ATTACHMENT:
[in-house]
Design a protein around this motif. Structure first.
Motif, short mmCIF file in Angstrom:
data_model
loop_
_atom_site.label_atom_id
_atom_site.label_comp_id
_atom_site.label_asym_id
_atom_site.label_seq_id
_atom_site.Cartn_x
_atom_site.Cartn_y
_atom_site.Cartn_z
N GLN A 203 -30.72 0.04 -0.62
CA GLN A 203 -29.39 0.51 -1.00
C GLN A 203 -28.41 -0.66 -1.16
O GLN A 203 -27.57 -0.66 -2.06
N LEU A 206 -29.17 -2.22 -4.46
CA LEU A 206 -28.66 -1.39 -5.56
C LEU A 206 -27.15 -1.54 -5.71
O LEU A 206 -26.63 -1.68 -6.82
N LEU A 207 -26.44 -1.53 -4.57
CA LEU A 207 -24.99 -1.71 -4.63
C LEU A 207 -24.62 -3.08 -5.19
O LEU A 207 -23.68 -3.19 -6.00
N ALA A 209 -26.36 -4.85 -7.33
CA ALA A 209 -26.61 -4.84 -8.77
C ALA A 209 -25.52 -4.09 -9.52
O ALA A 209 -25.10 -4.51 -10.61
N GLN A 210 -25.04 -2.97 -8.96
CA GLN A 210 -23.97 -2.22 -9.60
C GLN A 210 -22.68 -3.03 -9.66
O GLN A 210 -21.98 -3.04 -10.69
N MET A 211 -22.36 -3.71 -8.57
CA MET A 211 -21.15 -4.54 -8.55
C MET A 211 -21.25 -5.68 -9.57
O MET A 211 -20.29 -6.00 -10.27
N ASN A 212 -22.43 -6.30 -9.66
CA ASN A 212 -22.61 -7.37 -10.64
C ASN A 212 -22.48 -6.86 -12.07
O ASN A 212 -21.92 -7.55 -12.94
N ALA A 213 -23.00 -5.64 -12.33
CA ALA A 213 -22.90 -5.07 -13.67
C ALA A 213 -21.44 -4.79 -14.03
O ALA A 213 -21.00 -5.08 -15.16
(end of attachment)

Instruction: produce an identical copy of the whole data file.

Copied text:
[in-house]
Design a protein around this motif. Structure first.
Motif, short mmCIF file in Angstrom:
data_model
loop_
_atom_site.label_atom_id
_atom_site.label_comp_id
_atom_site.label_asym_id
_atom_site.label_seq_id
_atom_site.Cartn_x
_atom_site.Cartn_y
_atom_site.Cartn_z
N GLN A 203 -30.72 0.04 -0.62
CA GLN A 203 -29.39 0.51 -1.00
C GLN A 203 -28.41 -0.66 -1.16
O GLN A 203 -27.57 -0.66 -2.06
N LEU A 206 -29.17 -2.22 -4.46
CA LEU A 206 -28.66 -1.39 -5.56
C LEU A 206 -27.15 -1.54 -5.71
O LEU A 206 -26.63 -1.68 -6.82
N LEU A 207 -26.44 -1.53 -4.57
CA LEU A 207 -24.99 -1.71 -4.63
C LEU A 207 -24.62 -3.08 -5.19
O LEU A 207 -23.68 -3.19 -6.00
N ALA A 209 -26.36 -4.85 -7.33
CA ALA A 209 -26.61 -4.84 -8.77
C ALA A 209 -25.52 -4.09 -9.52
O ALA A 209 -25.10 -4.51 -10.61
N GLN A 210 -25.04 -2.97 -8.96
CA GLN A 210 -23.97 -2.22 -9.60
C GLN A 210 -22.68 -3.03 -9.66
O GLN A 210 -21.98 -3.04 -10.69
N MET A 211 -22.36 -3.71 -8.57
CA MET A 211 -21.15 -4.54 -8.55
C MET A 211 -21.25 -5.68 -9.57
O MET A 211 -20.29 -6.00 -10.27
N ASN A 212 -22.43 -6.30 -9.66
CA ASN A 212 -22.61 -7.37 -10.64
C ASN A 212 -22.48 -6.86 -12.07
O ASN A 212 -21.92 -7.55 -12.94
N ALA A 213 -23.00 -5.64 -12.33
CA ALA A 213 -22.90 -5.07 -13.67
C ALA A 213 -21.44 -4.79 -14.03
O ALA A 213 -21.00 -5.08 -15.16